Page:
Outlook 2021: Banking Industry Trends & Challenges

A recovering economy bodes well for the post-Covid era for banking, yet the pandemic year left in its wake both thorny and promising trends for banks and credit unions. Chief among them, how to compete against the megabanks, the biggest threat of any, and why the much maligned branch (reinvented) is actually an essential survival tool.

Banking acquitted itself well during the real-life “stress test” of the 2020 pandemic year. That fact isn’t acknowledged often enough. The overall response was impressive at all levels and the industry and its two-million-plus employees can feel justifiably proud.

But in business, as in all other human endeavors, all glory is fleeting. The Covid experience had a lasting impact on banks and credit unions in almost every aspect of their business. So far, dire predictions of massive business and consumer defaults have not materialized, thankfully. Also, the widely discussed idea that accelerated use of digital banking will cause the branch banking model to fade into history remains very much an open question. Branches continue to be pivotal to the business model of many institutions.

These and other broad trends impacting banking are covered in the banking industry outlook report released each year by bank research and consulting firm Bancography.

The first part of the 51-page report tells the tale of the pandemic’s impact through multiple charts and graphs. The second section, “The Challenges of the Post-Covid Era,” explores various trends unleashed (or amplified) by the pandemic and is followed by “Advice for the Year Ahead.” This article summarizes the key trends identified by the report, expanding on them based on an interview with Bancography’s President, Steven Reider.

Uneven Deposit Flood

The foremost impact on banking of the pandemic, from a balance sheet perspective was the skyrocketing growth in consumer and business deposits. This has left the industry with “immense liquidity” and few ways to use it given sharply reduced loan demand.

“Every top-30 market except San Francisco and New York posted at least 10% deposit growth in 2020 — stratospheric levels relative to historic norms,” the report states.

However, as can be seen below, the deposit growth was not evenly distributed by size or type of institution. Continuing an ongoing trend, the largest banks attracted the biggest share of deposits, with banks in the $1 billion to $20 billion “middle ground,” as Bancography calls it, lagging the rest of the industry.

One- and four-year deposit growth trends

Regarding credit unions’ comparatively strong deposit results, Reider observes that “credit unions, because of their nonprofit member-owned structure, are probably less able to turn down the spigot on deposits. So they ended up a little bit more liquidity-bloated than the banks.”

( Read More: Why Bankers Won’t Ditch Branches, Despite Digital’s Explosive Growth )

Squeeze in Banking’s ‘Middle Ground’

Overall, Reider believes that financial institutions can expect to see some mitigation of excess deposits. Clearly consumers already are moving money back into the stock market, and based on rising bookings for airlines and Disney World, are starting to spend some of that spare cash.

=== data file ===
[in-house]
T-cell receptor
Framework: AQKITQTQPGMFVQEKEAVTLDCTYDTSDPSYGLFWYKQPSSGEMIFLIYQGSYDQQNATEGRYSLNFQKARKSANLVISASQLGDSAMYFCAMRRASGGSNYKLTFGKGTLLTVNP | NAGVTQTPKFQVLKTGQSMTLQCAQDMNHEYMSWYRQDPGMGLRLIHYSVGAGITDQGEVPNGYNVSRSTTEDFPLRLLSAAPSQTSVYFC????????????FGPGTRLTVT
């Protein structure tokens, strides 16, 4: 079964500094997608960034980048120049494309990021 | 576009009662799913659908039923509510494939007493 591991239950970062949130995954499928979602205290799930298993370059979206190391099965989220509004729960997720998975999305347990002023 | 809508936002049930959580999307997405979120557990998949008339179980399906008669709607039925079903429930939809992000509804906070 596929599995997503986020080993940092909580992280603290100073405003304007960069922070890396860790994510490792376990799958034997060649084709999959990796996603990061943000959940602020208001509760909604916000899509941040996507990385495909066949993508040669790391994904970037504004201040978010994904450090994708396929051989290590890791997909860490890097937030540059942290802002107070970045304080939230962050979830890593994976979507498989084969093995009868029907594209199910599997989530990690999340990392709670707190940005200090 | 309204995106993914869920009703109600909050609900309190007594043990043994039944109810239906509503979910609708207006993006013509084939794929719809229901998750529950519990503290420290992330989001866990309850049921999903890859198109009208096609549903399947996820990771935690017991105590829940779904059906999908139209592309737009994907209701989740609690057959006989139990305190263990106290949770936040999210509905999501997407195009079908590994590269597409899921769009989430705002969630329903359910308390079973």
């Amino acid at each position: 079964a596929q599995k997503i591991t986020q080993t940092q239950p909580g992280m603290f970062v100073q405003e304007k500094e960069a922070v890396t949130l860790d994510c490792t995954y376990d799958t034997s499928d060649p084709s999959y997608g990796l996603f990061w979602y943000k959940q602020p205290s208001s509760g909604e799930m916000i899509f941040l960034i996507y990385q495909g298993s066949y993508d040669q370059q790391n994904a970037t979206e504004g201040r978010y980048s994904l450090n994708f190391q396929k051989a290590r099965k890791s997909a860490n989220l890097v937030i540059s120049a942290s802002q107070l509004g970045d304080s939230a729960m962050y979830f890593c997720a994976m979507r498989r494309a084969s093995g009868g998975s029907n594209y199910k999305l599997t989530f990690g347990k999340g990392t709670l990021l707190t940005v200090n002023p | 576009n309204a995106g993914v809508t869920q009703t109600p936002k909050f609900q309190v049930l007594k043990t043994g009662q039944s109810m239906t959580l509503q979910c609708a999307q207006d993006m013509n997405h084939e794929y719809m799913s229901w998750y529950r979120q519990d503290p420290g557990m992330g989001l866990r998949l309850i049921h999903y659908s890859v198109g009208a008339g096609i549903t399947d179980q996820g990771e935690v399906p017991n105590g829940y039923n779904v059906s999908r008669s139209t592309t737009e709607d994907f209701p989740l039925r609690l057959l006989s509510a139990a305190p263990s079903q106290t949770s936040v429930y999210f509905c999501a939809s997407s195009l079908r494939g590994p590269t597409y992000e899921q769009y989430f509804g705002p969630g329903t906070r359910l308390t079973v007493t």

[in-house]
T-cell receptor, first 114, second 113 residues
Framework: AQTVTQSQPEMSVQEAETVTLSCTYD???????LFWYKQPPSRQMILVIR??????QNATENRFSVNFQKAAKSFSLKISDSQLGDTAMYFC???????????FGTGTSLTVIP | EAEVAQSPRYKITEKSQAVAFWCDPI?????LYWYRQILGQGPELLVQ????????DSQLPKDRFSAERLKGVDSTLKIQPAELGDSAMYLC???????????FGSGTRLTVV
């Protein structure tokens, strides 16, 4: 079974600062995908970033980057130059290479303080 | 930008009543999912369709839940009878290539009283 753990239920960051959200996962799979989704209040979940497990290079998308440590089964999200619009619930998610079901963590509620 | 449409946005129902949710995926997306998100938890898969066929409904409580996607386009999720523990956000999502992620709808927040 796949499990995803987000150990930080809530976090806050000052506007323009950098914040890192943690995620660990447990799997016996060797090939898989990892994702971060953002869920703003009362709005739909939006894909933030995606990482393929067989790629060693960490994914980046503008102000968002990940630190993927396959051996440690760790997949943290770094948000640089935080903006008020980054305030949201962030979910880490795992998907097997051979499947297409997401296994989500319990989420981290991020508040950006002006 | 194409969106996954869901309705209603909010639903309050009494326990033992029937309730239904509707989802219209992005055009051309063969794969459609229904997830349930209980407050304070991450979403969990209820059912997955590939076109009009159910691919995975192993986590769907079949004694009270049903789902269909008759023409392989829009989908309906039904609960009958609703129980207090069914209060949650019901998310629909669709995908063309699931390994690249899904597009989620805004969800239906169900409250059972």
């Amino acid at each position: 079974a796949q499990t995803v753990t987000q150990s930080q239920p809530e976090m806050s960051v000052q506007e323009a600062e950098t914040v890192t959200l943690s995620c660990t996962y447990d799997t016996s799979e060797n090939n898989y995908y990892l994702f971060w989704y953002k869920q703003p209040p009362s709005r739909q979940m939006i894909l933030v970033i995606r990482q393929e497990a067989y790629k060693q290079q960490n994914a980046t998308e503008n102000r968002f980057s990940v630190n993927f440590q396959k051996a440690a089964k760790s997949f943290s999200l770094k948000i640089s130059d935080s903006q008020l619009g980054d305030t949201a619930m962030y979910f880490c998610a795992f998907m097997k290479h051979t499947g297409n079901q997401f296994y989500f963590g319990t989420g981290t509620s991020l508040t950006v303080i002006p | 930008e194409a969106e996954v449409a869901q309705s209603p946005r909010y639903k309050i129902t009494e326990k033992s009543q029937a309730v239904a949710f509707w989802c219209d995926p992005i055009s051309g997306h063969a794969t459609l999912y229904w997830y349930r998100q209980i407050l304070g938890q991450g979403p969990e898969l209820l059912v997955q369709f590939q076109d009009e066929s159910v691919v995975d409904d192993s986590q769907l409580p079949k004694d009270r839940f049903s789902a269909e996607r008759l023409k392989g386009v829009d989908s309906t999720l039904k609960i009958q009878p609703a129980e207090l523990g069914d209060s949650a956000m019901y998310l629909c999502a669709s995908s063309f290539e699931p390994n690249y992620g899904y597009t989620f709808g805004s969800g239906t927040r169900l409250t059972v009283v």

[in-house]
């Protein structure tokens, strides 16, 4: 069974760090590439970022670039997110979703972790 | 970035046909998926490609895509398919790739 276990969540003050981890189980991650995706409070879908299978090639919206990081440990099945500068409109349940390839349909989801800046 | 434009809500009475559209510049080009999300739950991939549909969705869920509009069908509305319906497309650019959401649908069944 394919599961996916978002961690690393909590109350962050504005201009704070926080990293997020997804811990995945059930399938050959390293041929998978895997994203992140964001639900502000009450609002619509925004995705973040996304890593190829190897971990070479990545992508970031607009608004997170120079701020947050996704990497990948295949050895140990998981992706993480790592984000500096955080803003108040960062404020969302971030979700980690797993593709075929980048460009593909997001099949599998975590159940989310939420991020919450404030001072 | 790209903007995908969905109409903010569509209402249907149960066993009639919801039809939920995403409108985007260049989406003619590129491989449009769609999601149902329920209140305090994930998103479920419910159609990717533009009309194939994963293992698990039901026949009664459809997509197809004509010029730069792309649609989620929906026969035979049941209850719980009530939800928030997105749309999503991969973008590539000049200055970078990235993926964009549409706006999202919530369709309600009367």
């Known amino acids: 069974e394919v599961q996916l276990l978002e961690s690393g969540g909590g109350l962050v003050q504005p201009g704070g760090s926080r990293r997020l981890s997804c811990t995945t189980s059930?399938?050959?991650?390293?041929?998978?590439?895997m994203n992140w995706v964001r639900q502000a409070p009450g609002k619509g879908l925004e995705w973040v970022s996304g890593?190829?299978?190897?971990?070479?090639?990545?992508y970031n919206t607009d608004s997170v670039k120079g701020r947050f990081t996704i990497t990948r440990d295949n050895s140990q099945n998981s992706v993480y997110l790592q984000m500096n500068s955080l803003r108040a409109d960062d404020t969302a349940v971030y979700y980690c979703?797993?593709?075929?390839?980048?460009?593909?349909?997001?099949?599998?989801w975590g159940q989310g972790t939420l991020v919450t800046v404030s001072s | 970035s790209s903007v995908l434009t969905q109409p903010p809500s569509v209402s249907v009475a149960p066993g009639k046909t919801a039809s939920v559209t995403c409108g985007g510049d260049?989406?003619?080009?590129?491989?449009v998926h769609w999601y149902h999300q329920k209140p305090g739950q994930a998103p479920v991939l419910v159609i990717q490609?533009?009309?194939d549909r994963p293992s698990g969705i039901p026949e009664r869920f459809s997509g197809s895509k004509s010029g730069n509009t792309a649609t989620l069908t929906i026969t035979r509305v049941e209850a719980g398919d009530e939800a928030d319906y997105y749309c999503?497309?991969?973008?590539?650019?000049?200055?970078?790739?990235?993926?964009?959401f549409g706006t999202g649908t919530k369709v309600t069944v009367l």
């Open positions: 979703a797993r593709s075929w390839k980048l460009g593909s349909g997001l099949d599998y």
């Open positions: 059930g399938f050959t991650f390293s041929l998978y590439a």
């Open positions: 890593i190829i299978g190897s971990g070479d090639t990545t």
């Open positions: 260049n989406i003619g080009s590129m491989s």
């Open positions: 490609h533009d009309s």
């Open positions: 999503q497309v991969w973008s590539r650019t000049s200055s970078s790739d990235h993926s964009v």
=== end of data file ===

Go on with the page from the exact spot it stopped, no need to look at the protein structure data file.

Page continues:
This is good news for banking, especially if lending also picks up, but Reider expects the pressure on “middle-ground” institutions will not only continue, but increase. He views them as being much like department stores, which have been outflanked by Walmart, Target and Amazon — competing on the basis of relentless price and efficiency — on the one hand, and small local boutiques that thrive on personalized service on the other.

“In banking,” he states, “a $15 billion dollar bank doesn’t have the relentless scale for nationwide advertising of a BofA, Chase or PNC, but also is probably a little too layered to compete effectively with a good community bank.”

Further, the most advanced technology is so expensive today, he says, that it is beyond the budget of mid-tier institutions.

( Read More: Banking Mergers: Bigger Isn’t Always Better )

How the Merger Outlook Has Changed

This technology “squeeze” is a big factor driving mergers among financial institutions in that middle tier. Reider cites the South State/CenterState, First Horizon/Iberia and M&T/People’s United deals as examples of institutions looking to push north of $50 billion in assets to get technology scale.

But part of it also is pandemic-induced earnings pressure.

“Some of the pandemic relief programs masked bank earnings problems,” Reider maintains. “We didn’t have massive defaults because of mortgage forbearance programs and eviction moratoriums,” he states. But mortgage payments don’t go away with forbearance. They just get tacked onto the end of your mortgage. At some point, some credit challenges that have been hidden will manifest themselves, he believes. The Bancography report looks into this in some detail.

Another merger driver is the “strategic pick-up,” Reider points out.

“If you’re a mid-tier institution like Fifth Third,” he explains, “and you’ve got a major metro market where the leaders have 30 branches and you’ve got ten, it’s pretty appealing to buy a strong local community bank versus trying to build market share yourself.”

Read More:

Webinar
REGISTER FOR THIS FREE WEBINAR
How to Build and Optimize a Website That Sells to Maximize Digital Growth
Join this fireside chat conversation to help you maximize your financial brand’s future digital growth potential.
Wednesday, June 30th at 11Am (ET)

Beware of Linear Branch Predictions

Bancography has a specialty in branch analysis. Last year’s report pointed out that given the sudden shift from branch to remote channels, banks and credit unions may need to accelerate branch contractions. Some did, but overall, the pandemic year did not turn out to be much different from the previous six years in terms of net branch closings.

15-year U.S. branching activity and totals